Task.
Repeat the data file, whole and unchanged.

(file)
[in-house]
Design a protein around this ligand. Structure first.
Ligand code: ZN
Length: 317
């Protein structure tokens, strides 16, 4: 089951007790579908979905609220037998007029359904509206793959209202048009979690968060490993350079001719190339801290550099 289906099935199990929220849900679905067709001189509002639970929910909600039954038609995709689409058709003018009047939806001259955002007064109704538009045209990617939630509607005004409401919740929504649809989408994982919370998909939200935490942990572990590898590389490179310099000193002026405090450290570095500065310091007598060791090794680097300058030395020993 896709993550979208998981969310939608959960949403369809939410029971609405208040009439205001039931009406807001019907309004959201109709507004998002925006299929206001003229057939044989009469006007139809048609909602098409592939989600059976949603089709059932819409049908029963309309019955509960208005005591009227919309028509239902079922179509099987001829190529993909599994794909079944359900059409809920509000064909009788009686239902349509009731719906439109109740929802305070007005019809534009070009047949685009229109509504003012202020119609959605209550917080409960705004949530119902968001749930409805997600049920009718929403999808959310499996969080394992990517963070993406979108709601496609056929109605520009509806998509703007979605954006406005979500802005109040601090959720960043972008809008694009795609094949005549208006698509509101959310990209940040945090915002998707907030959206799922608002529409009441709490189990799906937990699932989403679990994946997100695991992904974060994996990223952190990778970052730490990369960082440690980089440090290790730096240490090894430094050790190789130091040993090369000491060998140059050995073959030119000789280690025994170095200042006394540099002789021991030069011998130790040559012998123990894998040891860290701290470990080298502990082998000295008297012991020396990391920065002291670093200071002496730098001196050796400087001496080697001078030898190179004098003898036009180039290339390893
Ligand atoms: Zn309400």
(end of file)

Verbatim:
[in-house]
Design a protein around this ligand. Structure first.
Ligand code: ZN
Length: 317
């Protein structure tokens, strides 16, 4: 089951007790579908979905609220037998007029359904509206793959209202048009979690968060490993350079001719190339801290550099 289906099935199990929220849900679905067709001189509002639970929910909600039954038609995709689409058709003018009047939806001259955002007064109704538009045209990617939630509607005004409401919740929504649809989408994982919370998909939200935490942990572990590898590389490179310099000193002026405090450290570095500065310091007598060791090794680097300058030395020993 896709993550979208998981969310939608959960949403369809939410029971609405208040009439205001039931009406807001019907309004959201109709507004998002925006299929206001003229057939044989009469006007139809048609909602098409592939989600059976949603089709059932819409049908029963309309019955509960208005005591009227919309028509239902079922179509099987001829190529993909599994794909079944359900059409809920509000064909009788009686239902349509009731719906439109109740929802305070007005019809534009070009047949685009229109509504003012202020119609959605209550917080409960705004949530119902968001749930409805997600049920009718929403999808959310499996969080394992990517963070993406979108709601496609056929109605520009509806998509703007979605954006406005979500802005109040601090959720960043972008809008694009795609094949005549208006698509509101959310990209940040945090915002998707907030959206799922608002529409009441709490189990799906937990699932989403679990994946997100695991992904974060994996990223952190990778970052730490990369960082440690980089440090290790730096240490090894430094050790190789130091040993090369000491060998140059050995073959030119000789280690025994170095200042006394540099002789021991030069011998130790040559012998123990894998040891860290701290470990080298502990082998000295008297012991020396990391920065002291670093200071002496730098001196050796400087001496080697001078030898190179004098003898036009180039290339390893
Ligand atoms: Zn309400």